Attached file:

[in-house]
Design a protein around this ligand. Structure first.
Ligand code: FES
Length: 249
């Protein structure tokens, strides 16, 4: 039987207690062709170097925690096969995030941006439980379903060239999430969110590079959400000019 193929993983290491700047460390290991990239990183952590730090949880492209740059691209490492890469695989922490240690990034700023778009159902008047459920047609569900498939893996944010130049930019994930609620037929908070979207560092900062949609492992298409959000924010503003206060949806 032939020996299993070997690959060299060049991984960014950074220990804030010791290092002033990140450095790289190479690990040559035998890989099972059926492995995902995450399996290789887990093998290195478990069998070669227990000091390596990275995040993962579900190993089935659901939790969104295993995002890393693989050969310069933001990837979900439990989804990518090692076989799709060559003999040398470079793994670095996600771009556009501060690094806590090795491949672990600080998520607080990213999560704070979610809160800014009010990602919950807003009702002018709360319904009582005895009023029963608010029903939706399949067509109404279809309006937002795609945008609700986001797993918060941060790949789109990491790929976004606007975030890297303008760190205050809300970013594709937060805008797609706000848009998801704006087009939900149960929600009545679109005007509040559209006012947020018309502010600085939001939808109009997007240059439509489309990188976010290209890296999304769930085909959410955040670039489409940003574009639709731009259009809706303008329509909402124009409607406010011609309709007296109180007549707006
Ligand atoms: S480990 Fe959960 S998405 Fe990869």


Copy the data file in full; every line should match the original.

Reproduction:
[in-house]
Design a protein around this ligand. Structure first.
Ligand code: FES
Length: 249
């Protein structure tokens, strides 16, 4: 039987207690062709170097925690096969995030941006439980379903060239999430969110590079959400000019 193929993983290491700047460390290991990239990183952590730090949880492209740059691209490492890469695989922490240690990034700023778009159902008047459920047609569900498939893996944010130049930019994930609620037929908070979207560092900062949609492992298409959000924010503003206060949806 032939020996299993070997690959060299060049991984960014950074220990804030010791290092002033990140450095790289190479690990040559035998890989099972059926492995995902995450399996290789887990093998290195478990069998070669227990000091390596990275995040993962579900190993089935659901939790969104295993995002890393693989050969310069933001990837979900439990989804990518090692076989799709060559003999040398470079793994670095996600771009556009501060690094806590090795491949672990600080998520607080990213999560704070979610809160800014009010990602919950807003009702002018709360319904009582005895009023029963608010029903939706399949067509109404279809309006937002795609945008609700986001797993918060941060790949789109990491790929976004606007975030890297303008760190205050809300970013594709937060805008797609706000848009998801704006087009939900149960929600009545679109005007509040559209006012947020018309502010600085939001939808109009997007240059439509489309990188976010290209890296999304769930085909959410955040670039489409940003574009639709731009259009809706303008329509909402124009409607406010011609309709007296109180007549707006
Ligand atoms: S480990 Fe959960 S998405 Fe990869």